On getting ready to teach a humanities computing course . . .

With the start of classes next week comes one of my 2 brand-new preps this semester: ENG 481: Digital Literary Studies, which is sort of an English-focused intro to humanities computing.  (Texts: Landow’s HyperText 3.0; Amerika’s Meta/Data, and Hayles’s Writing Machines, plus the Blackwell Companion and a variety of material on reserve.)  A draft version of the syllabus is here; I’m still tweaking the order in which “how stuff works” material (xml, etc.) will be presented.  (And even the extent to which it will be presented formally, given concerns over turf with other departments.)

The watchword of this course is going to have to be flexibility:

  • I need to be flexible about differing levels of experience/comfort with technology
  • I need to be flexible about differing levels of familiarity with the conventions of literary analysis (not all students are majors . . . not all students are upper-division).
  • The students need to be flexible about pursuing certain kinds of questions and about reflecting on their practice.
  • Students will need to be flexible and patient with technology that’s balky or alien, and to trust that I won’t punish them for experimenting.
  • We will all need to be flexible about expertise.  This isn’t a class on the Victorian novel, or the survey.  I know that there are a couple of students in the class who have more experience in certain elements (programming, design, games) than I do, and I suspect there are a couple of others.

Having said that, I’m very excited about this class.  We’ve just done some curricular redesign in order to free up some credits in the major for courses that aren’t time- or nation-bound.  I proposed this course, rather than a (frankly, *much* easier to prepare) course on, say, psychoanalysis, because I think *all* our students will need to have these skills.  So, a bit anxious/worried, but also eager to get started.

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4 Responses to On getting ready to teach a humanities computing course . . .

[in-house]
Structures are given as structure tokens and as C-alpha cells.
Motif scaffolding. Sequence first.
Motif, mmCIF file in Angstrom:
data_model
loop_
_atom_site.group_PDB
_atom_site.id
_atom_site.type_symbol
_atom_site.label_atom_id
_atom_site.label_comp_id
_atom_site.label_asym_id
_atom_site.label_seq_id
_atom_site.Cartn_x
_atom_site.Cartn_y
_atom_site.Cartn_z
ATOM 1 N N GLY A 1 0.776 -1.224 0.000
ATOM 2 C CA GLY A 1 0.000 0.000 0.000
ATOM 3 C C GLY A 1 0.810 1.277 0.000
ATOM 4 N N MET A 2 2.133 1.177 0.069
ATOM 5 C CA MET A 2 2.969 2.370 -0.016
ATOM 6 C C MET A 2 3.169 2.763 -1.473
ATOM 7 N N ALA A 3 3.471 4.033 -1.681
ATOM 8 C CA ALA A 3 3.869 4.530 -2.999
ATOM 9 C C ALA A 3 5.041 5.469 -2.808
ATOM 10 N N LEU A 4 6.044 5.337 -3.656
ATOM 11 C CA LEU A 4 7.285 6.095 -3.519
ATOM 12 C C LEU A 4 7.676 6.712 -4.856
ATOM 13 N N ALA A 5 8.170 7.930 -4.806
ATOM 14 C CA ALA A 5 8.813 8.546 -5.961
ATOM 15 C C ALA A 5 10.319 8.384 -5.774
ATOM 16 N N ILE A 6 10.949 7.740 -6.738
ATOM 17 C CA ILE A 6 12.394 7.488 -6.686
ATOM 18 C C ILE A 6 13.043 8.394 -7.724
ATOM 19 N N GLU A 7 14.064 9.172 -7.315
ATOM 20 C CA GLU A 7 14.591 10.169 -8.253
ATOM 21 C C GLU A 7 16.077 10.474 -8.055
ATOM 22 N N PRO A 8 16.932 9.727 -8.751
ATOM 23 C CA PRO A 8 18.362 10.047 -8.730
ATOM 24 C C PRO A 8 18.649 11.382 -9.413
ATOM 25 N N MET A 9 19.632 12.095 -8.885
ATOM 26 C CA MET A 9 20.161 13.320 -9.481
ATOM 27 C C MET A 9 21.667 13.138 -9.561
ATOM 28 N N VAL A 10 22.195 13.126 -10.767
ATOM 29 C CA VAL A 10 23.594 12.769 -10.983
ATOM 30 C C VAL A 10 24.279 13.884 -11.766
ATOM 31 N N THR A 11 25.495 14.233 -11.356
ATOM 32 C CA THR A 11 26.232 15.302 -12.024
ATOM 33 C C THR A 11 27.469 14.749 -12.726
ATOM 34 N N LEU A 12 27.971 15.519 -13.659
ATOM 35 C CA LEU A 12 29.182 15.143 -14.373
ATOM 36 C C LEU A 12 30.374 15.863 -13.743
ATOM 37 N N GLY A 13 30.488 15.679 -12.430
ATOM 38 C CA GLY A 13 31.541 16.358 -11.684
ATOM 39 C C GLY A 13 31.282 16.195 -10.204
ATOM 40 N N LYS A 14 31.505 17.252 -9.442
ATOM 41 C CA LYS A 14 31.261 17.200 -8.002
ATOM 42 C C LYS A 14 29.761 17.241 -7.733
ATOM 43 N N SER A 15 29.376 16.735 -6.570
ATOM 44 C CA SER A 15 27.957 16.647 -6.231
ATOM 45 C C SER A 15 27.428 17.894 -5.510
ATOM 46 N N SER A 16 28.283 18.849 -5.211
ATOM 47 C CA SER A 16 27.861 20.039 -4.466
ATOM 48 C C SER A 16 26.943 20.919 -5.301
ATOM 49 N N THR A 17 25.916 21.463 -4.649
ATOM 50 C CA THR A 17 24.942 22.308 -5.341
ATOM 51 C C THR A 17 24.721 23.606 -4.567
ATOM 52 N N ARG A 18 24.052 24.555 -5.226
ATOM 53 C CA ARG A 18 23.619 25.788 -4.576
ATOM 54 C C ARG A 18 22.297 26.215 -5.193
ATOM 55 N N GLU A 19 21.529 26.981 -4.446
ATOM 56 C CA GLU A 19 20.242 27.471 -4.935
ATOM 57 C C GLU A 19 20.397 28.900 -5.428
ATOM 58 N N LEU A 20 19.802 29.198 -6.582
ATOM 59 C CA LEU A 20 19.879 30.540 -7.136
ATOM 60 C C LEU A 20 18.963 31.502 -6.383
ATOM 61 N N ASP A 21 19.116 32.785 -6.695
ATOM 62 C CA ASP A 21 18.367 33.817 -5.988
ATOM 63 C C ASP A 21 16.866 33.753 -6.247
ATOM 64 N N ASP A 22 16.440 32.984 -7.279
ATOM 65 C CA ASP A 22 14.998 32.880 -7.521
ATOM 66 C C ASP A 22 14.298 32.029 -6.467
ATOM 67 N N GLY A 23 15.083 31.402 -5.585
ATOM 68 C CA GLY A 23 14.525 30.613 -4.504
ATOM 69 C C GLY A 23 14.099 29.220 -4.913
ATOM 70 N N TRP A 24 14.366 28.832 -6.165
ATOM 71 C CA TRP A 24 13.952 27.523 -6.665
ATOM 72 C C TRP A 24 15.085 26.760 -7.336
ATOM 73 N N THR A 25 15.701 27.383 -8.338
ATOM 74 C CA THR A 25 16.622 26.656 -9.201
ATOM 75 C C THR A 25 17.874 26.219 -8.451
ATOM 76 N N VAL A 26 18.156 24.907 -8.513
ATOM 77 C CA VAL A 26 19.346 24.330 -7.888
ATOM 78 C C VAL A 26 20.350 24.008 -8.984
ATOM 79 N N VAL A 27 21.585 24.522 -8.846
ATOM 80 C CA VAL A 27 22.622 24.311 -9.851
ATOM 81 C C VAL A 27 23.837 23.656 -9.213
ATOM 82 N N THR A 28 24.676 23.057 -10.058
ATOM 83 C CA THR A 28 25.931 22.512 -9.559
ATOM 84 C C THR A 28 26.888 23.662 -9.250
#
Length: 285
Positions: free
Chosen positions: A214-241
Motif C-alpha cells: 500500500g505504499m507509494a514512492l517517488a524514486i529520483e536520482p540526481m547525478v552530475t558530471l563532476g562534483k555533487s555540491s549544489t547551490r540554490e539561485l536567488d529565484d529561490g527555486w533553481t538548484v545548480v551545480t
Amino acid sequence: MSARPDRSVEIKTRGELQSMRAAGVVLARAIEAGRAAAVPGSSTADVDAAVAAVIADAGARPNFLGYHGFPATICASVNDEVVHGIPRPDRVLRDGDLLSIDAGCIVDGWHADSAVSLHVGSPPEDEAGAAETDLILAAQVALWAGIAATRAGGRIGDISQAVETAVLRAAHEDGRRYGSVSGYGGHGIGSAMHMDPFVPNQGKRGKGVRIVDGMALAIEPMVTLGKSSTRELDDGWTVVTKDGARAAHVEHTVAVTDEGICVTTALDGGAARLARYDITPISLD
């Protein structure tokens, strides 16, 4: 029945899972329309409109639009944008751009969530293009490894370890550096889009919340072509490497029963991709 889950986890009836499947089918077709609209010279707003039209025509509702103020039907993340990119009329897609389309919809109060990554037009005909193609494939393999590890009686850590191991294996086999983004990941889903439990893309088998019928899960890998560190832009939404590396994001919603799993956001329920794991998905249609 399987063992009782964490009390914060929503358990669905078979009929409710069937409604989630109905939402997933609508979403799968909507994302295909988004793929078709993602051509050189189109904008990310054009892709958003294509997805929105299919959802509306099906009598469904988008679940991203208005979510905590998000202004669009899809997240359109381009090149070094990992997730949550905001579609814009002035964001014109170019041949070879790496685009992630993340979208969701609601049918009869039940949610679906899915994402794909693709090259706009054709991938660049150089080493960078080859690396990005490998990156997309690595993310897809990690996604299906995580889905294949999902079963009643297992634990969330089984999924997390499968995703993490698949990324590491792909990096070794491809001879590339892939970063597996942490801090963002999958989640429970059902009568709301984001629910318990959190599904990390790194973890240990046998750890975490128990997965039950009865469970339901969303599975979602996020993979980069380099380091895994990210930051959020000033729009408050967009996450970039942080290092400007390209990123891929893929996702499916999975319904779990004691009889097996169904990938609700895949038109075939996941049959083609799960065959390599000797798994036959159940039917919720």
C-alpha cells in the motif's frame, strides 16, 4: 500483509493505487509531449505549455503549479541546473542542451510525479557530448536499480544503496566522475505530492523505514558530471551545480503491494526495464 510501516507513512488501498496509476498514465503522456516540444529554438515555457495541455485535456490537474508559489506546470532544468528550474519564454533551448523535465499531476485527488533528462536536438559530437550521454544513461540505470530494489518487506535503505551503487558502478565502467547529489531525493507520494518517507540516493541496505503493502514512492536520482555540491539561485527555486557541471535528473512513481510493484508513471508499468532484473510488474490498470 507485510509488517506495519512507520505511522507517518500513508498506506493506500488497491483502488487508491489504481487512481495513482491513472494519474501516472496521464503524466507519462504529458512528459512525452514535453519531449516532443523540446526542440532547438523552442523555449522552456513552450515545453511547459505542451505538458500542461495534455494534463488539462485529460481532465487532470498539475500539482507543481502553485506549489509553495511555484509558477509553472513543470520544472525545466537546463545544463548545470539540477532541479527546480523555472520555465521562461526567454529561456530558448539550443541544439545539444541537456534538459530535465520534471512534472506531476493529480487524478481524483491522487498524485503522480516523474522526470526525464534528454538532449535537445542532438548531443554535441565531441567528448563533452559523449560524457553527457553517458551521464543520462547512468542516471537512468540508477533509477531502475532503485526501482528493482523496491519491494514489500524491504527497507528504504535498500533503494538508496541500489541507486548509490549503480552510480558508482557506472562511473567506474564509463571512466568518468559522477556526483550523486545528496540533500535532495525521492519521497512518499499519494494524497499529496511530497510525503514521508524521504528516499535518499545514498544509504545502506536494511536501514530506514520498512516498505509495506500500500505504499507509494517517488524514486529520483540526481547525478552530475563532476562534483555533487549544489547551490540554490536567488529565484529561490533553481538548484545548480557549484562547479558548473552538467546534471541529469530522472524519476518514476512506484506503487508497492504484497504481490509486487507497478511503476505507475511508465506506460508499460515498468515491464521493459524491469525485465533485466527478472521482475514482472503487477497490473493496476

1. Alex says:

    Consider me naive, but I had actually not considered that someone taking this course would not be versed in technology – My associate and I had bets on the gender ratio here(as I mentioned to you), because we saw this as a nerd-class as opposed to an upper-level English course (I still expect a viewing of “the machine is us/ing us”, which fills me with an indescribable amount of pride). I wholeheartedly agree that these skills are vital, and this class is essentially what I am trying to do with my Major- using technology and art ( in this case, literature) to combine in interesting new ways. Also; lightsabers.

  2. jbj says:

    Assumption 1: That all students who register for a course do so based on its content, rather than on a combination of: schedule, requirements, ratemyprofessor.com.

    (Not to crush *all* your dreams for the upcoming semester, but not everyone registered for the League class has any idea what the comic book is.)

    Assumption 2: That students who are *interested* in a topic are experienced in or knowledgeable about it.

    Plus, there are a certain number of students (in the population, not necessarily in this class) who are competent enough with technology, but who Do Not Like it coming into the classroom, except in certain narrowly-defined forms.

  3. Donna says:

    Hey! I’m teaching a similar course (I’m calling it Writing Web 2.0) this semester. If I had my act more together, I might suggest that we try to get the folks in our classes to work together somehow.

  4. I’m planning on teaching a similar course for graduate students in our public history degree program, mainly to force myself to get over my own anxieties and actually learn how to do all this stuff.

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